Also, keep in mind that the Church has condemned jousts and duels (they were considered essentially the same thing) as precisely mortal sin for almost a thousand years. In 1884, She went so far as to say that any witness to a joust or duel communicated in the sin to such an extent that a Catholic doctor who was not present at the duel could not even knowingly agree beforehand to treat the patients whose wounds resulted from a duel lest he become entangled in its evil.

So, if participation in a seder meal is "objectively a mortal sin", then what about witnessing a joust? Even a faux joust? And given that we know the Messiah has come, how does a faux joust differ from a seder meal, especially - as is so often the case - a seder meal put on entirely by Catholics?

But our good priest isn't done.

When Did The Rabbinate Start?
He goes on to say rabbinic Judaism was invented in the first or second century AD after the destruction of the Temple, and that modern Judaism is no longer really Jewish, but something entirely different because the Temple sacrificial system is gone. His argument is that the destruction of the Temple "extinguished the Jewish priesthood" - I guess because the priests could no longer offer sacrifice, although he didn't really say. His point was that the Mass is the only valid "Seder meal" now. In a minor point, he said the real Jews of the first century were pro-Catholic, while "fake Jews" are anti-Catholic.

While I don't disagree with his point about the Mass being the only real Seder, and I've often pointed out that Judaism post-Temple is a substantially different way of being Jewish than Judaism pre-Temple, it is simply wrong to say that the destruction of the Temple extinguished the Jewish priesthood.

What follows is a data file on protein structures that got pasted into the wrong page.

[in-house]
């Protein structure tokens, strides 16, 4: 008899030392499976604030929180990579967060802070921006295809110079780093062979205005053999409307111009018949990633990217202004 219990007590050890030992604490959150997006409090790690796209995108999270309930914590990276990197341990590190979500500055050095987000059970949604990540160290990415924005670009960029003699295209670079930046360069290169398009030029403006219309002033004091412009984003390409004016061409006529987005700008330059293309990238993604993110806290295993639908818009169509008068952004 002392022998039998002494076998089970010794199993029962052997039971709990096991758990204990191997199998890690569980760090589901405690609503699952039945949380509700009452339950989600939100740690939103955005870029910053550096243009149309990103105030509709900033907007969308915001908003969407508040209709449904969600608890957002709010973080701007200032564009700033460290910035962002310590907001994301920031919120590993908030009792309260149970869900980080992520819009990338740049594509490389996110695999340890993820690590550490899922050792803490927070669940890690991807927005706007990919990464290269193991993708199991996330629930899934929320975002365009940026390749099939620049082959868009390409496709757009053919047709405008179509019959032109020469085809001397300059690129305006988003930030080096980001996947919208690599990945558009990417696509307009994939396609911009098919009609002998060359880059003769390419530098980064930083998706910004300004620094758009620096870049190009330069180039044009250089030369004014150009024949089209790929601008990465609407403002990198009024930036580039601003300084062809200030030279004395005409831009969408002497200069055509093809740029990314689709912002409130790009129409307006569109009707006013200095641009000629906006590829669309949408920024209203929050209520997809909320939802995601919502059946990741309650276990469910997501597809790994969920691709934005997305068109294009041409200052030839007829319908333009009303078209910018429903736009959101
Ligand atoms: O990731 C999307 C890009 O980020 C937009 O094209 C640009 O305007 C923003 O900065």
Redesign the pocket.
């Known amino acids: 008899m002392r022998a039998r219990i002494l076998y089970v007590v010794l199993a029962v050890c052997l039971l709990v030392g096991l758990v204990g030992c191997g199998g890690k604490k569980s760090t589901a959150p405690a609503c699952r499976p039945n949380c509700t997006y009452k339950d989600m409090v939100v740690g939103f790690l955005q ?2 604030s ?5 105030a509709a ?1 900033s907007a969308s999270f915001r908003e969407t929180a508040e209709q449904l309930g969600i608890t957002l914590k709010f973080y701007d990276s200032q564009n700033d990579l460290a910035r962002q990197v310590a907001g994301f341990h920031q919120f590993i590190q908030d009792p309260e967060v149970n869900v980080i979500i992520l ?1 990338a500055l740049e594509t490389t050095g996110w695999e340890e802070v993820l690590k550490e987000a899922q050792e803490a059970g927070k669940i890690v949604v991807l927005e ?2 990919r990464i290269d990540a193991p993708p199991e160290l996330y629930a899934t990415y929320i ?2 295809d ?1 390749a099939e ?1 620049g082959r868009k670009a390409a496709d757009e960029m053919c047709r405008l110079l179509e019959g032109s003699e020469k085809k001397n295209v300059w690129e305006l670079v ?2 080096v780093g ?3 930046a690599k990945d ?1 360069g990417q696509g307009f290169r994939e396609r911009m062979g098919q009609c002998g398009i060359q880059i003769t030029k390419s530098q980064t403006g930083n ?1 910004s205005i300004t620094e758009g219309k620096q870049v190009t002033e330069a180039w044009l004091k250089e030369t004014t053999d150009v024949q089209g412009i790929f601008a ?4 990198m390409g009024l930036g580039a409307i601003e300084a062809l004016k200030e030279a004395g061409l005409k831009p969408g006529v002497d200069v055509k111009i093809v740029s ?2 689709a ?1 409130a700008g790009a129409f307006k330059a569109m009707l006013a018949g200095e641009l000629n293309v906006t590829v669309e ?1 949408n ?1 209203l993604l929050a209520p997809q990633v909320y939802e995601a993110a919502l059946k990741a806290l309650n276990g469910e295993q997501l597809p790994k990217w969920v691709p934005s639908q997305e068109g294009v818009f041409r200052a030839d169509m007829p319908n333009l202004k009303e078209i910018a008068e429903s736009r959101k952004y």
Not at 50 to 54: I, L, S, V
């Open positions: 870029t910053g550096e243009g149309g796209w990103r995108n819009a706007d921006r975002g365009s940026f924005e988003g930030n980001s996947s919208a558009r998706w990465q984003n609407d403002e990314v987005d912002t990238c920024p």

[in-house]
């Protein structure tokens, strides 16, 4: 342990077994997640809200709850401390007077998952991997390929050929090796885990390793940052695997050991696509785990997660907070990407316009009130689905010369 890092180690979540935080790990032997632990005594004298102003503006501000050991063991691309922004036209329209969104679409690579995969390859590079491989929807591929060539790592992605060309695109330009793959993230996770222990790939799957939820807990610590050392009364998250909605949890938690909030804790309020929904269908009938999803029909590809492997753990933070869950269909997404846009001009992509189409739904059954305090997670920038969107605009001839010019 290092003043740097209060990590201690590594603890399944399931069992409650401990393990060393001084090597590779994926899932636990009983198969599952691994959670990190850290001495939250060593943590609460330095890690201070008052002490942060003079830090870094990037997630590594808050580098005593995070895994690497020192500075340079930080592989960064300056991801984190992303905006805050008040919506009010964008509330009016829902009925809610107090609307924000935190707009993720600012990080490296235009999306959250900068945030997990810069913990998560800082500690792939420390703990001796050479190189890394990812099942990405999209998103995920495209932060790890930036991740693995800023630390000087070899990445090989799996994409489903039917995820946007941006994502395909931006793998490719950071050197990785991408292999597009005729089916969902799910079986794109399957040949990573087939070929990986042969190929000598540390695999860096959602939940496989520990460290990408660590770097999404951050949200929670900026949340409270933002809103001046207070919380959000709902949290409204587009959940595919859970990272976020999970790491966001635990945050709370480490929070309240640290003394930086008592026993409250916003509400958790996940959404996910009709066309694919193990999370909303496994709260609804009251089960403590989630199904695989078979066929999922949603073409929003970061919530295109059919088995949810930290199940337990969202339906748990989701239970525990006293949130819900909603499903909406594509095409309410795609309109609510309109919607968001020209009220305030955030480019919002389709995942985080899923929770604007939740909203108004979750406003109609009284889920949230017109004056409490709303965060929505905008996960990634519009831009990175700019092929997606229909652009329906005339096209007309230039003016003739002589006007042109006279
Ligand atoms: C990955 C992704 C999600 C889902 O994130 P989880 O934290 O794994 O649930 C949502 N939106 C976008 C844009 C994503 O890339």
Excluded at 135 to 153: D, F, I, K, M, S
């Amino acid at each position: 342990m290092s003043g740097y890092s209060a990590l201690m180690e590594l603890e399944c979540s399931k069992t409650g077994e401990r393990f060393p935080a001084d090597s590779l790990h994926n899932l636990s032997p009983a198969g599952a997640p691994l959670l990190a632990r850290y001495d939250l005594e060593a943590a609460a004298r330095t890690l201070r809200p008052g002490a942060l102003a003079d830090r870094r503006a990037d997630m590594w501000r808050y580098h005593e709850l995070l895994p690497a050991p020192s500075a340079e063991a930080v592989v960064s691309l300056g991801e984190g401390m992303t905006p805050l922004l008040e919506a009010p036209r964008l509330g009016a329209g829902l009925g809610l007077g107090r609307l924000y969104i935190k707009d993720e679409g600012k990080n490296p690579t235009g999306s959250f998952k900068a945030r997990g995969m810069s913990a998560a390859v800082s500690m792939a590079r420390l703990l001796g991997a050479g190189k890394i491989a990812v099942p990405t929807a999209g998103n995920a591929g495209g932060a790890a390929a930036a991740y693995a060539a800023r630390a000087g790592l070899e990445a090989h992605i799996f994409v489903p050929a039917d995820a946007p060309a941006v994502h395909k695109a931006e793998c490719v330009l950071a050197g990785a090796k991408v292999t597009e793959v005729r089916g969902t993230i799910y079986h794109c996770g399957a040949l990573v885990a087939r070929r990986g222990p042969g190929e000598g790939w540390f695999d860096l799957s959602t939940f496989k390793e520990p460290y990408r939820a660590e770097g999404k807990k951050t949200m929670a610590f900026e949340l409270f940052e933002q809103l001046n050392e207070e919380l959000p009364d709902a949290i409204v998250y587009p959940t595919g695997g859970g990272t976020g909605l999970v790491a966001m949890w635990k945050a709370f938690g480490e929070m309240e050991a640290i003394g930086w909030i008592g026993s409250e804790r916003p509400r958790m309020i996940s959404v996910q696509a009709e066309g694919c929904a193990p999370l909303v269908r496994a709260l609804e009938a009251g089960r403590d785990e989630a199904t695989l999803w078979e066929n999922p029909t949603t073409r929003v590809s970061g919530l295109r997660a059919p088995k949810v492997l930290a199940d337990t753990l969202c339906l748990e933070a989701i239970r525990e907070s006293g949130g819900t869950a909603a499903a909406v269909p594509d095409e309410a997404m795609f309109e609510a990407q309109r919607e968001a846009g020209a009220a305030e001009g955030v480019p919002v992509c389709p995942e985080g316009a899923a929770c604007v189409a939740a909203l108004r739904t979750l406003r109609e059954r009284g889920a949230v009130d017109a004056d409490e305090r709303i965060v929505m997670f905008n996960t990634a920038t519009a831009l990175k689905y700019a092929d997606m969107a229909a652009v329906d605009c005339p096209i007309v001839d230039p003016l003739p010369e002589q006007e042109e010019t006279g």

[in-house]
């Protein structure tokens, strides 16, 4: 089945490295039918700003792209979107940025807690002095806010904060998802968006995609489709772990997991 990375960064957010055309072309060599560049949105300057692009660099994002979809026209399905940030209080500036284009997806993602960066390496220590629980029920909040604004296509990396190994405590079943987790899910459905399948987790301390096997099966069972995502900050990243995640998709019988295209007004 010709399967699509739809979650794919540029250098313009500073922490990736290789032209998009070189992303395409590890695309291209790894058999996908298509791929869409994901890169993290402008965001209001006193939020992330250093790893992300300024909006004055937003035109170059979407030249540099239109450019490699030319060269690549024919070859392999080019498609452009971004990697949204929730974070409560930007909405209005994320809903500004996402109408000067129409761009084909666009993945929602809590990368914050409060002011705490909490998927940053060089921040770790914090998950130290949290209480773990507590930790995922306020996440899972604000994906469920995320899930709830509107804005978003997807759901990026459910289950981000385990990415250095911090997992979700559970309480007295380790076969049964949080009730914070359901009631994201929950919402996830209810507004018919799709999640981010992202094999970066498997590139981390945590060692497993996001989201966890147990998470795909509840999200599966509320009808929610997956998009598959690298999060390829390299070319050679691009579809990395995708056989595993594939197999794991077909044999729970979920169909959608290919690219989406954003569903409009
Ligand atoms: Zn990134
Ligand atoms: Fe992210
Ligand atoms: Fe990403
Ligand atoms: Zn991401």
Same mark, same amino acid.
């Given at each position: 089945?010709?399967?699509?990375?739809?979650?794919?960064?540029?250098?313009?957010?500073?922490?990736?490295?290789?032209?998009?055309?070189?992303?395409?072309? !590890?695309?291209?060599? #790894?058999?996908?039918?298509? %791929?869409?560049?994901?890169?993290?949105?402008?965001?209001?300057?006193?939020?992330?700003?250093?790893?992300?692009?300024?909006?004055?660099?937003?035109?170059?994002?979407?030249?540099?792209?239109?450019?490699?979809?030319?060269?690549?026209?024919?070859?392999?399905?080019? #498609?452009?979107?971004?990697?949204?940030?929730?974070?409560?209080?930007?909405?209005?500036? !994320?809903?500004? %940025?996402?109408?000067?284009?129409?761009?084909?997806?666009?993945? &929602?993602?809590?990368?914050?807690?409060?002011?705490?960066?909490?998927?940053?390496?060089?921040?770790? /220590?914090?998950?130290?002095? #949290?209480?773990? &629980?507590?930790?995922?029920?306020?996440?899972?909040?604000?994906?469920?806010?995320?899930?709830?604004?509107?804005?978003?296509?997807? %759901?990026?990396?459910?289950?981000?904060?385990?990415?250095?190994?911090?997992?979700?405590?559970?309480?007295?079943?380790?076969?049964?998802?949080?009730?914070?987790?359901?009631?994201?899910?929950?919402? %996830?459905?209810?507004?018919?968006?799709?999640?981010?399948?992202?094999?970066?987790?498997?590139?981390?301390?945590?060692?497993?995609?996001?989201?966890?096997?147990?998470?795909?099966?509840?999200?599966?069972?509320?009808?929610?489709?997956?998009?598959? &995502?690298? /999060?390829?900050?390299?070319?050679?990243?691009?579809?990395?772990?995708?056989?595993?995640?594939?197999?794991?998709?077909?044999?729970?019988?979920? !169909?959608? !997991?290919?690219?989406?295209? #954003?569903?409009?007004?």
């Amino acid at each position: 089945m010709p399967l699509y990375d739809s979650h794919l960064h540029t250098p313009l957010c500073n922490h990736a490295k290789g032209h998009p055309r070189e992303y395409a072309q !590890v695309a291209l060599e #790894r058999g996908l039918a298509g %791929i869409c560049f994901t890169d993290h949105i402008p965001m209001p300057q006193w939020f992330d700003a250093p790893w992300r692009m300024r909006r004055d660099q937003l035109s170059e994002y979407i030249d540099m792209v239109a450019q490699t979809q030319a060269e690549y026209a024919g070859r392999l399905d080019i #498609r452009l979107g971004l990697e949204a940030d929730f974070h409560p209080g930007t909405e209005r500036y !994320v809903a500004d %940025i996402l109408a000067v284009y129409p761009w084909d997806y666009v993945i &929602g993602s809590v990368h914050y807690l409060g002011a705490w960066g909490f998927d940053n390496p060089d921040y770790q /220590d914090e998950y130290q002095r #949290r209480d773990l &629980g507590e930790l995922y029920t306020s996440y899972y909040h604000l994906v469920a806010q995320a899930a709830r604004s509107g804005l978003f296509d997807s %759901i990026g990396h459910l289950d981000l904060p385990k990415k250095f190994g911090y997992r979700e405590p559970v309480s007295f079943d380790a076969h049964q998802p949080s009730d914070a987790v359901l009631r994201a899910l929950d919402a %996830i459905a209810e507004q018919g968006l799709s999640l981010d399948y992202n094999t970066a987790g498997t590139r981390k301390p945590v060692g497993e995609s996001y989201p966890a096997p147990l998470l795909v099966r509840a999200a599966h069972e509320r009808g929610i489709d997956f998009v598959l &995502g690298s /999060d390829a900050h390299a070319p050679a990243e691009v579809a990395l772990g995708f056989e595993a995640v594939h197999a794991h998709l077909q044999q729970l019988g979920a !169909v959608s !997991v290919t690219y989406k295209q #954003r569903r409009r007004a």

It didn't.

If it had, the Jewish priesthood would have been extinguished along with the First Temple in 586 BC, well BEFORE the Incarnation, which would create all kinds of problems for Catholic theology. From 586 BC to 515 BC - a period of roughly 70 years - the Jews had no Temple and for much of that time they weren't even allowed to live in the land of Israel.

Our priest apparently forgot about the Babylonian Exile, the destruction of the First Temple, and the ensuing interregnum which established the rabbinical system. Rabbis came into use during the Exile. The extinguishment of the Levitical priesthood did not occur as a result of the destruction of the Temple, rather, it was extinguished by Christ Himself at the Last Supper when He established the new priesthood in His blood.

The presence or absence of a Temple and it's sacrificial system has exactly NOTHING to do with the status of the Levitical priesthood. That priesthood, like the priesthood Christ established, exists because God established it. In both cases, it gives the priests the capacity to offer sacrifice, but the inability of the priests to offer sacrifice (due to, say, the lack of a Temple or the lack of elements to consecrate) does not strip either Jewish or Catholic priests of their respective priesthoods. Only God can do that.

In other words, the only way you can reach his conclusion is if you don't know the history of the rabbinate and you confuse the physical ability to offer sacrifice with the ontology of being a priest.



Catholics, don't bother with seder meals.
They're stupid.

I will reiterate the good priest's final point: If you want to participate in a Catholic seder meal, go to the Extraordinary Form of the Mass. It has all the ritual anyone could need, and infinitely more Godhead. Don't accept imitations.


Flambeaux said...

So, Steve, are you planning to take this up with him?

Posting here is one thing. But, in this instance, charitably challenging, even just to ask for clarification, seems to be in order.

He is, in my experience, a remarkably clear-headed thinker and preacher. And he has announced corrections before when presented with the necessity of them before.

Steve Kellmeyer said...

I have tried asking him about things privately in the past, and the conversations have been non-productive.

He is a good priest, and I really like the liturgies. I don't know what to do with it, honestly.

Flambeaux said...

Sorry to hear that private discussions have been non-productive.

I expect this is one of those situations where one just has to pray, shake one's head, and keep moving.